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Shadows

A SOUNDTRACK TO THE NOVELS, VOL V


Shadows

The Shadows CD was bound into a limited signed edition of A Song of Shadows sold by Waterstones bookstores in Ireland and the United Kingdom, and distributed at signings in Ireland, the United Kingdom, South Africa, Argentina, Uruguay, Chile, Italy and the United States.

Thank you, again, to my fellow author Kate O'Hearn, who was kind enough to take on the clearances for this compilation as a break from writing her own books. Thanks to MCPS Ireland Ltd for their assistance with mechanical rights; to all at Trend Studios in Dublin, who manufactured the CD; to Alasdair Oliver at Hodder & Stoughton for his fine design work; and, finally, to all the artists and record companies involved for allowing us to use their music.

The available songs are a playlist on Spotify; to find them, search for spotify:user:johnconnollybooks (US) or spotify:user:johnconnollybooksuk (UK).

TRACK LIST

  1. A Violent Yet Flammable World Au Revoir Simone
  2. Impossible Germany Wilco
  3. I Am the Wolf Mark Lanegan Band
  4. Gymnopédie 3 (Lent et Grave) Erik Satie, performed by Klára Körmendi
  5. Detective Daughter Emily Haines & The Soft Skeleton
  6. Soft Wolf Tread Grant Lee Buffalo
  7. This is the Song (Good Luck) Punch Brothers
  8. Desperados Under the Eaves Warren Zevon


1. Au Revoir Simone, "A Violent Yet Flammable World"
(from the album The Bird of Music)
Licensed courtesy of Moshi Moshi / (PIAS) Cooperative
Used with permission

"I don't want to lose myself/ Tonight I sleep to dream of a place that's calling me..."

I'm very fond of Brooklyn's Au Revoir Simone, who specialize in a dreamy electronic pop that somehow manages to be icily impressive while still generating huge emotional warmth. This track dates back to 2007, and I think it was the title that first caught my attention. I found myself returning to this song repeatedly while working on A Song of Shadows, both for its mood and its lyrical resonances: the images of sea and waves, and the sense that, like Parker, the song's narrator is trapped between worlds, particularly in the lines that follow the ones quoted above: "It is always just a dream. Still I cannot forget what I have seen..."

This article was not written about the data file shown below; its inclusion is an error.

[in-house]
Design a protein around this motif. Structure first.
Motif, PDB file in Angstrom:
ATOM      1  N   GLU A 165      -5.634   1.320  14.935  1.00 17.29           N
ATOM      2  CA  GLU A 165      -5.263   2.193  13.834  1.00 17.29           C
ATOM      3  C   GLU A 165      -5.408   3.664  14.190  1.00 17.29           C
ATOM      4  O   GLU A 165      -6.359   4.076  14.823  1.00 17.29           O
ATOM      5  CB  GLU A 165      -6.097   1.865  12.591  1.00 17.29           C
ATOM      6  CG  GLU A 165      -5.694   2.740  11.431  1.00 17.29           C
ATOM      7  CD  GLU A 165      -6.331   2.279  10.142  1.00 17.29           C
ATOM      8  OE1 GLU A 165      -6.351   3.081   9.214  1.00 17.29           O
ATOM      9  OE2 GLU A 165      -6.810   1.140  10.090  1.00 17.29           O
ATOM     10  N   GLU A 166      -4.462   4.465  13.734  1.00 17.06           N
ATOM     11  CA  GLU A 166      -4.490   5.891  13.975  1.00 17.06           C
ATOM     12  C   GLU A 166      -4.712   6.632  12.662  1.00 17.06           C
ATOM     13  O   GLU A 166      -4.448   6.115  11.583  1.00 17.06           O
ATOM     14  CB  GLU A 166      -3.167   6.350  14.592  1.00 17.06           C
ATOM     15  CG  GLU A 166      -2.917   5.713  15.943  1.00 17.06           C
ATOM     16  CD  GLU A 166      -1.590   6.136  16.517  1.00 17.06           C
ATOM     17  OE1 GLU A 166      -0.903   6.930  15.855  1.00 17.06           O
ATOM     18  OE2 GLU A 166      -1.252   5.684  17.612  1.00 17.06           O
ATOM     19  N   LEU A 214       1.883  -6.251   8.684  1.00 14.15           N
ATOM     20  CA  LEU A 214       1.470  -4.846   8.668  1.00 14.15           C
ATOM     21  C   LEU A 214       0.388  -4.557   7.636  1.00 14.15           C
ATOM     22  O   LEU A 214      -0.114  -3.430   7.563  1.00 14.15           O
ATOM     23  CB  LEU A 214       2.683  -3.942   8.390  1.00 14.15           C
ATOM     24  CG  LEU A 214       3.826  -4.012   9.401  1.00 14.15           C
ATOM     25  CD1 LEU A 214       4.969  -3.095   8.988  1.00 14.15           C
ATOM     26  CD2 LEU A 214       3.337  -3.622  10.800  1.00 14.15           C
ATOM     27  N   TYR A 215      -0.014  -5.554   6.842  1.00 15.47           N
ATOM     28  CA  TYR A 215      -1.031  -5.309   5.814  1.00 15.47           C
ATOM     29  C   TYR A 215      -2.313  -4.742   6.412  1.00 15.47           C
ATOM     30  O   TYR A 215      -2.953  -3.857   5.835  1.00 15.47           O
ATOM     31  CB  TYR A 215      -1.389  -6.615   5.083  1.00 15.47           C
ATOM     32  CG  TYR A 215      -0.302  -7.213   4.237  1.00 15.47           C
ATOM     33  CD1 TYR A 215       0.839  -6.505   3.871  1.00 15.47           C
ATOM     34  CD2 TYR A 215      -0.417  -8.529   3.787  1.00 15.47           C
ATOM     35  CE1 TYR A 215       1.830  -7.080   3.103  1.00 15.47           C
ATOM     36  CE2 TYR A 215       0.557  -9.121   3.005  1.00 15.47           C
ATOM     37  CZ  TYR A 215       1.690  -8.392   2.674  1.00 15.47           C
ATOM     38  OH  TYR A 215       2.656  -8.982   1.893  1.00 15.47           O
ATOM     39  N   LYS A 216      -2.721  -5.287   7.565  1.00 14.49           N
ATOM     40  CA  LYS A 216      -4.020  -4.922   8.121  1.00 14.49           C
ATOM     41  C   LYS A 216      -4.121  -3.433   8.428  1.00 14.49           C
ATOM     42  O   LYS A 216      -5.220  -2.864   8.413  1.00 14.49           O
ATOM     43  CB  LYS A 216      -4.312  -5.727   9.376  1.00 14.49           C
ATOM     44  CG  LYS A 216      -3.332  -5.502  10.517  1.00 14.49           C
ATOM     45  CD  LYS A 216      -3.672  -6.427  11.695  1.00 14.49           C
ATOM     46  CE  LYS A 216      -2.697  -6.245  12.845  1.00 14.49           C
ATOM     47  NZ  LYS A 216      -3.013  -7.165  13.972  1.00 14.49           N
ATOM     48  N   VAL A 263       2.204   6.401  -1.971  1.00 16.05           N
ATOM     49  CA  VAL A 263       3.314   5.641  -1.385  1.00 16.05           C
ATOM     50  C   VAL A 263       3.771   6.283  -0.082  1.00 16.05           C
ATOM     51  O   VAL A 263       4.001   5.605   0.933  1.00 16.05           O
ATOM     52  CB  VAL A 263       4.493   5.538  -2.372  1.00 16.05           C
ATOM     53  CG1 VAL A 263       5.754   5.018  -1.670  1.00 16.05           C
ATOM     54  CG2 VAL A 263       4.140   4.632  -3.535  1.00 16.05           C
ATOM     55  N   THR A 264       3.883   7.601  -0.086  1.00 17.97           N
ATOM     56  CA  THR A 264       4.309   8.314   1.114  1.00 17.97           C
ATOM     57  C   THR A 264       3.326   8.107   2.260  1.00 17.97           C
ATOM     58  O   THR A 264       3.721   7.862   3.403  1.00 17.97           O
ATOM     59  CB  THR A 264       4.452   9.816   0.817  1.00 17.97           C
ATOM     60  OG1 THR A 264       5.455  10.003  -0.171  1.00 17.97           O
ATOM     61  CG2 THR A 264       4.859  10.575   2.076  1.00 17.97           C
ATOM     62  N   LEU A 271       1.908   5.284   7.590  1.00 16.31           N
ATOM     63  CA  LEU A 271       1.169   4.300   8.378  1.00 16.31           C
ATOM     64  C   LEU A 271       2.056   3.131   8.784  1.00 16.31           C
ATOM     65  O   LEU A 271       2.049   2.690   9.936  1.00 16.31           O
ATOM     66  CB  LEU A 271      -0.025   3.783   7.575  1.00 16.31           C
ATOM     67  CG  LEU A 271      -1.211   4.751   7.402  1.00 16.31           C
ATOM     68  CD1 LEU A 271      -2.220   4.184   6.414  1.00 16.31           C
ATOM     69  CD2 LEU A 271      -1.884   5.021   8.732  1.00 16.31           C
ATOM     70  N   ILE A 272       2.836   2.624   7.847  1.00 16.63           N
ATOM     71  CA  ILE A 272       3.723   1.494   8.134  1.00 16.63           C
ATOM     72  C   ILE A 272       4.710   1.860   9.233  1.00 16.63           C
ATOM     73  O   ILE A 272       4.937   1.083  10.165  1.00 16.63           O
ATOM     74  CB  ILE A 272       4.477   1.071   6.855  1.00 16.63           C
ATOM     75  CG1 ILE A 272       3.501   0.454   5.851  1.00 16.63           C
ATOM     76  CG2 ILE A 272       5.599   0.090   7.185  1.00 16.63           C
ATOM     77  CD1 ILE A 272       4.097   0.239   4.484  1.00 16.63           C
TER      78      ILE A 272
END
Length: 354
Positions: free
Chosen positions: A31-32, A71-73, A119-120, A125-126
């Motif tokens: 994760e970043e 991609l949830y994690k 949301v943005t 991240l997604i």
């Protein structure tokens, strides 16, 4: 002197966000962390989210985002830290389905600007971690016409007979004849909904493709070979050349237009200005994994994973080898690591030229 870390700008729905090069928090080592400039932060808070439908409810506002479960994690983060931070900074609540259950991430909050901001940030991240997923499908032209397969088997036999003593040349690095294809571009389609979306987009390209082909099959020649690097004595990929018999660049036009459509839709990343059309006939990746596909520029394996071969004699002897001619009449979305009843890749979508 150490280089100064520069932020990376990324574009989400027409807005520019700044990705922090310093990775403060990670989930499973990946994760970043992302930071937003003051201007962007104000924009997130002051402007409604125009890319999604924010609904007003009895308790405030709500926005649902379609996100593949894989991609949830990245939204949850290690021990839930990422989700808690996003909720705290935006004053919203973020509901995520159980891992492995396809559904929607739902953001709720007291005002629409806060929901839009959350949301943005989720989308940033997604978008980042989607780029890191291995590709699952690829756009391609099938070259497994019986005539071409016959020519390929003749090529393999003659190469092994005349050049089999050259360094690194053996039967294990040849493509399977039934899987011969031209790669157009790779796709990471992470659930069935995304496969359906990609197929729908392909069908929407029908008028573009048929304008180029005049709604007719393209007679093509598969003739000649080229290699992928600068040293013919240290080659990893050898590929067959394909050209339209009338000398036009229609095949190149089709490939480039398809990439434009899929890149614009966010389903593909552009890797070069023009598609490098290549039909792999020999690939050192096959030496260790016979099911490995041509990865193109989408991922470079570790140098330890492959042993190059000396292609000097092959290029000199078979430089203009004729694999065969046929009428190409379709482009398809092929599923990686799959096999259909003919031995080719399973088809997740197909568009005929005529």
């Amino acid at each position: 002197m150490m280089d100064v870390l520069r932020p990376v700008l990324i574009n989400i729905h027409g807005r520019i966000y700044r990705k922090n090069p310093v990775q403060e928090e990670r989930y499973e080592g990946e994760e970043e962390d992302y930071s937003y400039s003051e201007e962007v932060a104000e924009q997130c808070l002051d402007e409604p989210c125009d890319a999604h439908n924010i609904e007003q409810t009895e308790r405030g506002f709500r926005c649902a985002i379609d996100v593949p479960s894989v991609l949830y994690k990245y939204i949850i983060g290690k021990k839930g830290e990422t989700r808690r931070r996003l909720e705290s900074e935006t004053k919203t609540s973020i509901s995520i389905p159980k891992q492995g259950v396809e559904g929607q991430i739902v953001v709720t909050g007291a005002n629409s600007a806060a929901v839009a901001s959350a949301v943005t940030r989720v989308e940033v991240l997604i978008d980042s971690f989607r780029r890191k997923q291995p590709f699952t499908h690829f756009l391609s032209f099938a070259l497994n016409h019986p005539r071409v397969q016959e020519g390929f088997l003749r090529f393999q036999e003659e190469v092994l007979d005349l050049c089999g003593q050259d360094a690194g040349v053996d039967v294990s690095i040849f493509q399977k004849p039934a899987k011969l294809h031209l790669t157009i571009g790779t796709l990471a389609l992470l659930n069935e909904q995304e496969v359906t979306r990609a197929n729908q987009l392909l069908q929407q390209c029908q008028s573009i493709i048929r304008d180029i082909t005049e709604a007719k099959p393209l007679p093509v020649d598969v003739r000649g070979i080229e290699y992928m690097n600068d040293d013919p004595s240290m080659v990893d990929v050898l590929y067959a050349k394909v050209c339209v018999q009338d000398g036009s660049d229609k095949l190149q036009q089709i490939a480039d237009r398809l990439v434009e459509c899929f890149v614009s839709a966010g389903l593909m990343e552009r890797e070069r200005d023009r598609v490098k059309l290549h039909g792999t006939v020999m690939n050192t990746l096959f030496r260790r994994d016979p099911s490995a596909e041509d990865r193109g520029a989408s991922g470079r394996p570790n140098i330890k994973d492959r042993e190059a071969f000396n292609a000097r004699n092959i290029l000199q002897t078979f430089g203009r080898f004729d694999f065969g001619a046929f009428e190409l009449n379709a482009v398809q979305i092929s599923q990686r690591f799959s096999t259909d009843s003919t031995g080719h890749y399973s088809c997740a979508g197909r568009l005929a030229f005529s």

2. Wilco, "Impossible Germany"
(from the album Sky Blue Sky)
(P) 2007 Nonesuch Records, Inc.
Produced under license from Nonesuch Records, Inc.
ISRC: USNO10750505 Used with permission

"Nothing more important than to know/ Someone's listening..."

Wilco may be one of the best bands I've ever had the good fortune to see live, and the Television-esque "Impossible Germany" has always been, for me, the standout song on Sky Blue Sky. I can recall seeing them play it at Vicar Street in Dublin some years back, and being completely swept away by the performance. Mind you, I have no idea what it's about, but I suppose that one can just read into it whatever one might wish. Still, the title alone links it to A Song of Shadows.


3. Mark Lanegan Band, "I Am the Wolf"
(from the album Phantom Radio)
Lyrics and music by Duke Garwood / Mark Lanegan
Licensed courtesy of Heavenly Recordings / (PIAS) Cooperative
Used with permission

"I am the wolf/ Without a pack/ Banished so long ago/ I've survived/ On another's kill..."

It was C´it O'Riordan, she of Pogues fame, who first pointed me in the direction of this song, for which I'm very grateful. Very occasionally, I'll encounter work in another creative area—music, art, film—that seems to echo themes or concerns touched upon in my own work. The most striking example of this came shortly after I delivered The Book of Lost Things to my publishers back in 2006, when I went to see Guillermo del Toro's film Pan's Labyrinth and realized that here was a writer-director exploring very similar territory: childhood grief, a lost mother, an unloved stepparent, a young sibling to be protected, and a fascination with fairy tales and mythology. Mark Lanegan's song, meanwhile, could almost have been written with The Wolf in Winter, the Parker novel that preceded A Song of Shadows, in mind.